The aim of this section of Biofuels for Transport is to discuss the engine modifications that may be required to run biofuels in conventional internal combustion engines.
The fuels being looked at specifically are biodiesel, used in a compression ignition engine, and bioethanol, used in a spark ignition engine.
The octane number of a petrol fuel is defined as a measure of the resistance of the fuel to abnormal combustion - known as “knocking”. The higher the fuel octane number, then the less likely it becomes that the engine will be susceptible to “knock”. The “knocking process” is caused by the incomplete combustion of the petrol fuel in the engine cylinder, which causes a sudden knock or blow to the piston, which over a period of time will seriously damage the vehicle engine. By adding an ethanol E10 blend to petrol, we can increase the octane number of the petrol fuel by two points. Therefore bio-ethanol is termed as an “octane enhancer”.
Air Fuel Mix
The air/fuel mixing ratio that is required for 100% petrol fuels in order for complete combustion is about 14.6 air : 1 fuel. This means that 14.6 Kg of air is required for the complete combustion of 1 Kg of non oxygenated petrol fuel.
An ethanol E10 blend of fuel will normally have an oxygen content of about 3.5% oxygen. The oxygen that is present in the ethanol can affect the air to fuel ratio at which the engine is operating at. Therefore, it is usually necessary for certain car engines to have the air : fuel ratio reduced in order to take into account the oxygen content that is present in the ethanol blend. The air / fuel ratio for a VW Golf running on 22% ethanol is 12.7:1, which is slightly less than the 14.6:1 air / fuel ratio that is used for conventional fuels.
This effect is also applicable to biodiesel as it is also an oxygenated fuel.
The engine management systems that are fitted in most modern motor vehicles will electronically sense and change the air fuel mixing ratio in order to maintain the stoichiometric ratio when ethanol (oxygenated) fuels are added to the engine. For some vehicles, the maximum oxygen content that can be compensated for is 3.5% oxygen (E10 ethanol fuel blends). Older vehicles are usually not fitted with engine management systems, instead they operate with a normal fuel carburettor system. Thus, the carburettor air fuel mixture must be adjusted manually, in order to compensate for the increased oxygen content that is present in ethanol blended fuels.
It maybe necessary to change the vehicles fuel filter more often as ethanol blends can loosen solid deposits that are present in vehicle fuel tanks and fuel lines.
Ethanol blends have a higher latent heat of evaporation than 100% petrol and thus ethanol blends have a poorer cold start ability in Winter. Therefore some vehicles have a small petrol tank fitted containing 100% petrol for starting the vehicle in cold weather.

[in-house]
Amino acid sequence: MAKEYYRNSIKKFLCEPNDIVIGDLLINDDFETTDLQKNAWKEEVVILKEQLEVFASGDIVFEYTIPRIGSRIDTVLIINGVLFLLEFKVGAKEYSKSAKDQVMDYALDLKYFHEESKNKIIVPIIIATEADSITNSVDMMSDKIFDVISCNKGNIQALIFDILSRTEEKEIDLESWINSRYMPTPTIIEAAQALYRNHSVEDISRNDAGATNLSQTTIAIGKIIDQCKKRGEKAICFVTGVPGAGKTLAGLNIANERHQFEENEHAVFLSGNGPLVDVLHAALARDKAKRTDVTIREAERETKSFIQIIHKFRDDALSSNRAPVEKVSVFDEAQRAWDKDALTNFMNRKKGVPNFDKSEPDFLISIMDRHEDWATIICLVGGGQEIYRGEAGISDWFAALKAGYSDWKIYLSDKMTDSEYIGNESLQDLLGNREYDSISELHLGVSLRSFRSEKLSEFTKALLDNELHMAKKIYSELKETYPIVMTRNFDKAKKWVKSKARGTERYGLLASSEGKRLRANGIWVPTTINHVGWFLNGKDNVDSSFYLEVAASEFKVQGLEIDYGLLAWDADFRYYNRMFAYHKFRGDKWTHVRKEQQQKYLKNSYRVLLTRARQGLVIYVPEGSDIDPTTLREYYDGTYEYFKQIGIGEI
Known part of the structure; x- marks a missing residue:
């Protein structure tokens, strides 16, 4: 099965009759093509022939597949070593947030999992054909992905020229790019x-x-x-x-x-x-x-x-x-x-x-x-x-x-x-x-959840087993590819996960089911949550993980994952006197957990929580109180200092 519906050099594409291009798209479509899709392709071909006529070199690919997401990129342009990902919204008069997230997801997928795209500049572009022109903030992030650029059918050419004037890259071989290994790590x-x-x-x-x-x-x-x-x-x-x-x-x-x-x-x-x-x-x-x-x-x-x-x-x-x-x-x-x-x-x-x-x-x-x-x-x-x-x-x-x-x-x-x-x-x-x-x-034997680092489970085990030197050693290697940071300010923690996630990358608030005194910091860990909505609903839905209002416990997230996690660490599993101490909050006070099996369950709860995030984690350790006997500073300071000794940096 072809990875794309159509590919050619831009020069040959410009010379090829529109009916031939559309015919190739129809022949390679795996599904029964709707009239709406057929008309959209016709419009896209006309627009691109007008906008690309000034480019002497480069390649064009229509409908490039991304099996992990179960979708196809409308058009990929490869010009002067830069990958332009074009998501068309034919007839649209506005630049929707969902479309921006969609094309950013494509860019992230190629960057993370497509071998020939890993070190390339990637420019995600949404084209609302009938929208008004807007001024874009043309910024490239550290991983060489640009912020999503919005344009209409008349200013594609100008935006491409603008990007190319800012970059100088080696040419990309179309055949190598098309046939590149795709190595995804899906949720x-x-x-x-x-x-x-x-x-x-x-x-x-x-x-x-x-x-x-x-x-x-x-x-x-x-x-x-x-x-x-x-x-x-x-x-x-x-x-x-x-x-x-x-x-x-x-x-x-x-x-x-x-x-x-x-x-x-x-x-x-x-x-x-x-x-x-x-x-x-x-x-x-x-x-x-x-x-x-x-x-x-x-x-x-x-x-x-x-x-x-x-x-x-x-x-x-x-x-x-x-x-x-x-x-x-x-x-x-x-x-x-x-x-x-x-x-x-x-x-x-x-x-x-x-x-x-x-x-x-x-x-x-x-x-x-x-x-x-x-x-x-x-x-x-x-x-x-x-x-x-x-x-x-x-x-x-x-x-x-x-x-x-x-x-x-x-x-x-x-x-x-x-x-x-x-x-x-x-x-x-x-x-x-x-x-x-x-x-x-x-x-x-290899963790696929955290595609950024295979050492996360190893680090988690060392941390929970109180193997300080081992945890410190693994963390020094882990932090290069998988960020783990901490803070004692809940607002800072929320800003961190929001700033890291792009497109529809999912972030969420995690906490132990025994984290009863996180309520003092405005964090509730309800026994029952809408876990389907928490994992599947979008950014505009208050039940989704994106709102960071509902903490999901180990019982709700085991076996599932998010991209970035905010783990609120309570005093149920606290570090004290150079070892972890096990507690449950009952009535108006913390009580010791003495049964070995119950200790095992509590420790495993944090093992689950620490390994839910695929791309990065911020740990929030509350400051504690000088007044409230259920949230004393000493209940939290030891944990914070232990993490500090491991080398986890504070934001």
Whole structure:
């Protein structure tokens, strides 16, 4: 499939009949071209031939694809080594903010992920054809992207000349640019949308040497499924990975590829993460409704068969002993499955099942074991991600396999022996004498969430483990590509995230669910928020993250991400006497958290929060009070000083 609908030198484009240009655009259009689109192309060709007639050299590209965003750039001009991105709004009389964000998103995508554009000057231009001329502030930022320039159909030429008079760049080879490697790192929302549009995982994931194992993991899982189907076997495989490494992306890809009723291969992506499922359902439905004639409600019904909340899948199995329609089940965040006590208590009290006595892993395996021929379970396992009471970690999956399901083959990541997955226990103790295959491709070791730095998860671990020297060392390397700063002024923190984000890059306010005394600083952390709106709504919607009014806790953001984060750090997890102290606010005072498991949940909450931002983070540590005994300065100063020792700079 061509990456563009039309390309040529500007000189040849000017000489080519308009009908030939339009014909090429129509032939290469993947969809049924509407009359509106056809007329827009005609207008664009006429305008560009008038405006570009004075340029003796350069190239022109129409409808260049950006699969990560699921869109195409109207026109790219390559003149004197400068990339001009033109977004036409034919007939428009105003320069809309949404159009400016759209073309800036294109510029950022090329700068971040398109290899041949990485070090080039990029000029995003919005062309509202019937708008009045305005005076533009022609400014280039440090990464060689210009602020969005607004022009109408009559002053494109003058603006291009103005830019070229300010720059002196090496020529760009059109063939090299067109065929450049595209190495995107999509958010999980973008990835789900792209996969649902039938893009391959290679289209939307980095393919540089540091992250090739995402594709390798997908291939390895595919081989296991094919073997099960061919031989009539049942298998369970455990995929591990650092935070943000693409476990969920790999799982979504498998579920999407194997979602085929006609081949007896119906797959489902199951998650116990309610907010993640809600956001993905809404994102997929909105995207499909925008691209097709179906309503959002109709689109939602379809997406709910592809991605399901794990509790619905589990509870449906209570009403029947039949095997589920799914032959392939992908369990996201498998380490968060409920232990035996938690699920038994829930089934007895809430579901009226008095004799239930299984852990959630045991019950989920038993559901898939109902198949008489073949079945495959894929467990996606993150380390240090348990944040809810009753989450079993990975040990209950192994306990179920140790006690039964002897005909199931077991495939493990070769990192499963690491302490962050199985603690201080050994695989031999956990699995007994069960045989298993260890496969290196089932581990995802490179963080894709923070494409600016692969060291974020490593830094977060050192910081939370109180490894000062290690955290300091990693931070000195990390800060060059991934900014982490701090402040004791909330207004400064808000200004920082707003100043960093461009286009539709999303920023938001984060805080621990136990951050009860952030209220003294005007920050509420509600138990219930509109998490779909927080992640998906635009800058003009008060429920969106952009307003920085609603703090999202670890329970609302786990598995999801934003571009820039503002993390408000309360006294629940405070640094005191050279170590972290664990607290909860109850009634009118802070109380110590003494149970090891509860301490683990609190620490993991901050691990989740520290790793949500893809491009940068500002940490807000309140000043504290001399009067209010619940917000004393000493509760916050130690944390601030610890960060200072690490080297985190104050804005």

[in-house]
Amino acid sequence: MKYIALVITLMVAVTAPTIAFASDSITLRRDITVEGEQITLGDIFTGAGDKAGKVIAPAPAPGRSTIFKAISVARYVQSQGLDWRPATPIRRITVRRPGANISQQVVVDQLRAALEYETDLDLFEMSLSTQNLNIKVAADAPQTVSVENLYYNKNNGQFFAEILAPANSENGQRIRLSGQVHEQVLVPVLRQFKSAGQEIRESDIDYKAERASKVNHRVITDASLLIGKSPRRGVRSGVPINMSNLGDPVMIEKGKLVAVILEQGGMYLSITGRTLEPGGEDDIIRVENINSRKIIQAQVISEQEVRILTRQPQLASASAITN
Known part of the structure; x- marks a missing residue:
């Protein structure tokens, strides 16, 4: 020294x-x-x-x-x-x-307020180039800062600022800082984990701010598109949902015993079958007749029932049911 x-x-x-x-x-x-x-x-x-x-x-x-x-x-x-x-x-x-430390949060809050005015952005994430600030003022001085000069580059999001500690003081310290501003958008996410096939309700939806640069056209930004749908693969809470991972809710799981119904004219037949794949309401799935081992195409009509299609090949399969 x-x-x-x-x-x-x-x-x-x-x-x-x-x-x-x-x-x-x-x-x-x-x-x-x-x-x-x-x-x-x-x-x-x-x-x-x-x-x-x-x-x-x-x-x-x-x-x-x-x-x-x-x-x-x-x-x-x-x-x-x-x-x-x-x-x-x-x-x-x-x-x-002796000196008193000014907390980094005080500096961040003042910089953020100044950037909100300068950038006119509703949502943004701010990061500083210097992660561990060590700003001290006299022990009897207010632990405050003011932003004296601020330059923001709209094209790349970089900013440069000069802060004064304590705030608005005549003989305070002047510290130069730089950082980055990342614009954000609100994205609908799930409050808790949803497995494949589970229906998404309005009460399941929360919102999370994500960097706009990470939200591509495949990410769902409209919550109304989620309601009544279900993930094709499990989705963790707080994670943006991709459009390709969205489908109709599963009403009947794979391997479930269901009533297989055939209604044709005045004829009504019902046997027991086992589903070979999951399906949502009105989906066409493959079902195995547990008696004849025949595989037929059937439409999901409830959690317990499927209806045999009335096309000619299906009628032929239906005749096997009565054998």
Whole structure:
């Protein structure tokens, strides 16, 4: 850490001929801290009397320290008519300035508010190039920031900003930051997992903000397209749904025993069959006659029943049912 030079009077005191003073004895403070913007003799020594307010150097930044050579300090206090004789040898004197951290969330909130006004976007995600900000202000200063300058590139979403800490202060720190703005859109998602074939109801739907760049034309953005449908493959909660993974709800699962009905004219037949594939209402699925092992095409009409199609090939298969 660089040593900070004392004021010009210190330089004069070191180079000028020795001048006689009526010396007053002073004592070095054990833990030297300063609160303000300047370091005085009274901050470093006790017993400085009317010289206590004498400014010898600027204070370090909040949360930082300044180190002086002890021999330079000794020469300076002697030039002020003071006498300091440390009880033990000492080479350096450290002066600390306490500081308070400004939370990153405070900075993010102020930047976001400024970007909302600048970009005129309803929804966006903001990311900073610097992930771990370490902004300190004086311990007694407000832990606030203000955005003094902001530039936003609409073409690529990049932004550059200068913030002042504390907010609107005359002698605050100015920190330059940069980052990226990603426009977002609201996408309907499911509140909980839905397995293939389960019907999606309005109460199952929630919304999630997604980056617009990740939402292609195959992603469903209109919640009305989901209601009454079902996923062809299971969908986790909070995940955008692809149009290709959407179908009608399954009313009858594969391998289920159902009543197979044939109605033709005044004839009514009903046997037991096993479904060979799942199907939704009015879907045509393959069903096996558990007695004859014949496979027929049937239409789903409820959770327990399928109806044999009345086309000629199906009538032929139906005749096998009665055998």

Engine Modifications for Ethanol blends of 14% to 24%
The following engine modifications were carried out by car companies in Brazil, in the 1970’s, when vehicles were operating on ethanol blends of between 14 and 24% ethanol:
Vehicle owners running their cars on ethanol blends should adhere to the recommendations of the individual car manufacturers. In the UK, nearly all vehicle manufacturers specify that the maximum ethanol blend in petrol should be no more than 5% ethanol by volume. In the USA, nearly all vehicle manufacturers specify that the maximum ethanol blend in petrol should be no more than 10% ethanol by volume. Therefore, should a vehicle owner choose to use a higher ethanol blend that the manufacturer recommends, then normally the vehicles warranty would become null and void. Most vehicle manufacturers also state that vehicle damage and driveability problems would occur by using higher ethanol blends that the manufacturers recommendation.
Almost all modern diesel engines will run biodiesel quite happily provided that the biodiesel is of high enough quality. Generally speaking biodiesel requires much less engine modification than bioethanol.
With some older vehicles rubber seals used in the fuel lines may require replacing with non-rubber products such as VITONTM. This is due to the way biodiesel reacts with rubber. If a low blend is used (5% biodiesel for example) then the concentration of biodiesel isn't high enough to cause this problem.
Cold starting can sometimes be a problem when using higher blends. This is due to biodiesel thickening more during cold weather than fossil diesel. Arrangements would have to be made for this, either by having a fuel heating system or using biodegradable additives which reduce the viscosity. This effect is only a problem with higher blends.
It was noticed that during many field trials that engines running on biodiesel tended to require more frequent oil changes. This was generally the case with blends above 20%. During an ALTENER project where two Mercedes Benz buses were run on diesel and biodiesel it was found that the bus running on biodiesel required an oil change after 12,000 km compaired to 21,000 km for the bus running fossil diesel. It is worth noting however that the engine had not been significantly effected in any adverse manner.
For higher blends engine performance will be improved with a slight change to engine timing, 2 or 3 degrees for a 100% blend. The use of advanced injection timing and increased injection pressure has been known to reduce NOx emissions. It is worth noting that catalytic converters are just as effctive on biodiesel emissions as on fossil diesel.